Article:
Créer une présentation
Télécharger la présentation

Télécharger la présentation
## WORKSHEET 2 FAILURE, STRESS AND STRAIN

- - - - - - - - - - - - - - - - - - - - - - - - - - - E N D - - - - - - - - - - - - - - - - - - - - - - - - - - -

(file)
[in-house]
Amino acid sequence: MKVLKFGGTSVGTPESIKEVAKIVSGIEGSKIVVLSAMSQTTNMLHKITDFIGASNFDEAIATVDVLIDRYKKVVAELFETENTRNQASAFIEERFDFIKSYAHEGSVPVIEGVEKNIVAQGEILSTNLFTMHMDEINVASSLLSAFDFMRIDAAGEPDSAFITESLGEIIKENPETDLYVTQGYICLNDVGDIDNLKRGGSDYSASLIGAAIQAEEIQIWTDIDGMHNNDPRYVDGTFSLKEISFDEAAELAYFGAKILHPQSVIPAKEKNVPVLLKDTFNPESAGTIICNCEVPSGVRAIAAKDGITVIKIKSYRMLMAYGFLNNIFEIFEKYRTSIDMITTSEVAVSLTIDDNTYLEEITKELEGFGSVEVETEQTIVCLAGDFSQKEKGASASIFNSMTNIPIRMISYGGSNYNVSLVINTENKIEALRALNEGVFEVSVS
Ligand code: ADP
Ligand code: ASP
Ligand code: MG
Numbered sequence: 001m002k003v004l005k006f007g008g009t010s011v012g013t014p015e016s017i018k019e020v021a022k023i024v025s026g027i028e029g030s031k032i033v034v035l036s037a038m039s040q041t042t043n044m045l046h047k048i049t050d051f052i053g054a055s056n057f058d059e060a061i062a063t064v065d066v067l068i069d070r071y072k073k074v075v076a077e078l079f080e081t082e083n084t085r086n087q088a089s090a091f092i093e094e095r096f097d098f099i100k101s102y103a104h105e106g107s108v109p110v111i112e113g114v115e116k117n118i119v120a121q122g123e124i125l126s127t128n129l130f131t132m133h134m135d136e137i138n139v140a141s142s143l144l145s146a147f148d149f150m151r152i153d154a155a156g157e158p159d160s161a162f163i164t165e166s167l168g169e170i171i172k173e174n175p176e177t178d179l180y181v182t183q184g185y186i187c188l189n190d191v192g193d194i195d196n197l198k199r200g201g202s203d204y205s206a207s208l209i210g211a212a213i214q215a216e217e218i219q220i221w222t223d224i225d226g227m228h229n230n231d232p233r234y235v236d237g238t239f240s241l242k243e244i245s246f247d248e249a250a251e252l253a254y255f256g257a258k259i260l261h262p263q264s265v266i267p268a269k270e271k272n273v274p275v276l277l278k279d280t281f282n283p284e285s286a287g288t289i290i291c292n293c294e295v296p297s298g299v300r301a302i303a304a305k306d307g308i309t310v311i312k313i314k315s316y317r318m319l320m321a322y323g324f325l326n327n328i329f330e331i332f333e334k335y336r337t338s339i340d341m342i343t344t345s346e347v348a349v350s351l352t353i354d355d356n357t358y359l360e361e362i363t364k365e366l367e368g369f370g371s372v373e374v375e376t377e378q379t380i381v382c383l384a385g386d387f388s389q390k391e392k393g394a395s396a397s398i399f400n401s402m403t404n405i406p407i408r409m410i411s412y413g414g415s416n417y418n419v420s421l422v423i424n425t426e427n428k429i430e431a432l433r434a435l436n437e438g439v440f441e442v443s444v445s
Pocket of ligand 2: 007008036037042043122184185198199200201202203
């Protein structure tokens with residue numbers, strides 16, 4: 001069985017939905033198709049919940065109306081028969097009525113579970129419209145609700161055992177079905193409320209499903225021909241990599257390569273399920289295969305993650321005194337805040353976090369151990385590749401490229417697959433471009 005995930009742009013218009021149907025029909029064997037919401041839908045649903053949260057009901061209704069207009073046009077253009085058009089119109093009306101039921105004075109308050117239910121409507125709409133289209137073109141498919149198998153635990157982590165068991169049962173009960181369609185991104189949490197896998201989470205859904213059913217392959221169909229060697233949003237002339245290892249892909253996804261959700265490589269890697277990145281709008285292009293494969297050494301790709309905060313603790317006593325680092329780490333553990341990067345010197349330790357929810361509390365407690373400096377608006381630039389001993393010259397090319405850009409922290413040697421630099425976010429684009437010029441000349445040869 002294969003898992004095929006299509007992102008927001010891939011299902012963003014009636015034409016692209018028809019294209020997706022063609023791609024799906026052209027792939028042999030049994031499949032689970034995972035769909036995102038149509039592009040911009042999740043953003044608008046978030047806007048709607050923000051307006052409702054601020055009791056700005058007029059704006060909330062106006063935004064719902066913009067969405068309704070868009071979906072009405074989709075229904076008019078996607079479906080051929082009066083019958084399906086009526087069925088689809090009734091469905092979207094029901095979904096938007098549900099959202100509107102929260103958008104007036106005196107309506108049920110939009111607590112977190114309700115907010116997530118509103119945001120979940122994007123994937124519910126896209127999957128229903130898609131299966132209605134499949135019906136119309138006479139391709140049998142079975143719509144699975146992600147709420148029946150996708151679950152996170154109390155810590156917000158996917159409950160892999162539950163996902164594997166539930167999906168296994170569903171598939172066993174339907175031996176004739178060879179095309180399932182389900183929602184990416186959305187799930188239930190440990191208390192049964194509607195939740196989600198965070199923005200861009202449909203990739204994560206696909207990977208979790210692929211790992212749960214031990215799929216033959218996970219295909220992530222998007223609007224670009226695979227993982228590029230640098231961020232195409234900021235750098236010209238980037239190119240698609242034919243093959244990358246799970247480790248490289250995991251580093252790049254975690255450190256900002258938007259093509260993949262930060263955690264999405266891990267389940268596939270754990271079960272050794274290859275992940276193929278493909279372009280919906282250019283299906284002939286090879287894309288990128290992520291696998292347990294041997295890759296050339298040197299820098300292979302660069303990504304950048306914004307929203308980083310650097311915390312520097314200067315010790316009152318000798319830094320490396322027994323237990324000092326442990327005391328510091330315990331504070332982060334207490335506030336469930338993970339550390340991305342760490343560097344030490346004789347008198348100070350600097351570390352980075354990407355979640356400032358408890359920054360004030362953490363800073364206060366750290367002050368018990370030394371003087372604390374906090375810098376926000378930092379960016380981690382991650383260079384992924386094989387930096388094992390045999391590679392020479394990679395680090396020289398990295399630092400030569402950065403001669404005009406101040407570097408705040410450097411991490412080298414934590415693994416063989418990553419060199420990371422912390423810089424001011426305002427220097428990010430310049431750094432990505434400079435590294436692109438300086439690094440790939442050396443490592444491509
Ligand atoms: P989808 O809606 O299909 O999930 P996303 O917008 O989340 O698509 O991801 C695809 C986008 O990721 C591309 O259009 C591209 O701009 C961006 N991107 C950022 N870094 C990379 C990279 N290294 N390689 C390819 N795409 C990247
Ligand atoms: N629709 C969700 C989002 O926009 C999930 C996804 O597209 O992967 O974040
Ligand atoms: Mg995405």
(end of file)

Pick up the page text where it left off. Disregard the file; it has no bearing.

**a)**b) tension? compression? Q1 What happens to an element under: material tends to be pulled apart element stretches - becomes longer and thinner finally breaks particles pushed against each other element shortens - becomes squatter finally breaks slender elements may buckle first**d)**c) bending? shear? Q1 What happens to an element under: particles slide relative to each other material tears side closest to load shortens and comes under compression side furthest from load lengthens and comes under tension neutral axis remains same length**Q2**When does buckling occur when a slender element is put under compression**b)**a) the member is more slender? the member is longer? Q3 Can a compression member carry more or less load before it buckles (i.e. is the buckling load greater or smaller if: carries less load - buckling load is smaller carries less load - buckling load is smaller buckling load is a function of the slenderness ratio (the slenderness ratio is the ratio between the effective length and the width of the member)**d)**c) one of its ends is free? it is rigidly restrained at its ends? Q3 Can a compression member carry more or less load before it buckles (i.e. is the buckling load greater or smaller if: carries more load - buckling load is greater reduces the effective length by 1/2 carries less load - buckling load is smaller increases the effective length by 2**Q4**Timber studs in a timber-framed wall are usually 100 x 50 mm. The framing includes one or two rows of noggings. What do the noggings do? The studs would tend to buckle in the weaker direction The noggings support the studs in the weaker direction This results in a slenderness ratio roughly equal in both directions**a) the beam bends - the bottom face**comes under tension due to bending concrete is weak in tension the beam cracks due to bending b) the beam bends - shear produces diagonal tension concrete is weak in tension the beam cracks due to shear Q5 What happens to an unreinforced concrete beam when loaded?**b)**a) c) compression tension shear Q6 Name the three basic states of stress: state of stress where material pulled apart state of stress where material crushed state of stress where parts of material slide relative to each other**bending**C T Q7 Name another very important state of stress: state of stress where compression and tension exist in different fibres of same element (producing a moment effect)**buckling**Q7 Name another very important state of stress: state of stress where compression acts on slender member**Q8**What happens to an element that is stressed: it deforms changes in shape or dimensions or both results in strain change may be reversible or irreversible (elastic or inelastic)**a)**b) what is stress? what are the units of stress? Q9 Give units where applicable internal forceintensity as result of external forces force per unit area Pa, kPa, MPa 1Pa = 1 N / m2 1MPa = 1 N / mm2**c)**d) what is strain? what are the units of strain? Q9 Give units where applicable change in size or shape relative to original state, e.g. change in length relative to original length e = DL / L - dimensionless**a)**b) what is the stress in the cable? what is the strain in the cable? Q10 a 20mm dia. high-strength steel cable 5 m long has a weight of 50 kN added to its end. Neglecting the self-weight of the cable and given that the cable lengthens by 4mm: area of cable = p x 20 x 20 / 4 = 314.16 mm2 stress = F / A stress = 50 / 314.16 (keep units to Newtons, MPa and mm2 for simplicity) stress = 50000 / 314.16 = 159.2 N/mm2 = 159.2 MPa strain = DL / L strain = 4 / 5000 = 0.0008 (8 x 10-4)**c)**Given that the maximum allowable tensile stress for high-strength steel is 1000MPa, is the cable strong enough? Q10 stress in cable = 159.2 MPa maximum allowable stress of steel = 1000 MPa stress in cable < maximum allowable stress yes - the cable is strong enough**a) What factors do we have to take into consideration?**b) What is the first means of failure we should check for? Q11 When a column is under load: (i) whether buckling will occur (the slenderness ratio of the column) (ii) whether it is strong enough to take the load w.r.t its compressive strength (material strength and x-sectional area) whether buckling will occur**a) What is the stress in the column?**Q12 A reinforced concrete column 400 x 400 mm and 3.5 m high is subject to a load 160 kN. Given that the column shortens by 0.07 mm: stress = Force / Area = 160 / (0.4 x 0.4) = 1000 kN/m2 = 1000 kPa (1 MPa)**b) What is the strain in the column?**c) Given that the maximum allowable stress of the concrete is 20MPa, is the column strong enough? Q12 Given that the column shortens by 0.07 mm: strain = DL / L = 0.07 / 3500 = 0.00002 = 2 x 10 -5 max allowable stress = 20 MPa actual stress = 1 MPa since actual stress < max allowable stress yes column is strong enough as regards compressive strength**d) Could you reduce the area of the column?**Q12 Considering strength only - max allowable stress = 20 MPa Min Area = Force / Max Allow stress = 160 (kN) / 20 (MPa) (keep units to Newtons, MPa and mm2 for simplicity) = 160,000 (N) / 20 (MPa = N / mm2 ) = 8000 mm2 e.g 90 x 90 mm However a 90 x 90 mm column, apart from being difficult to build, would be very slender and subject to buckling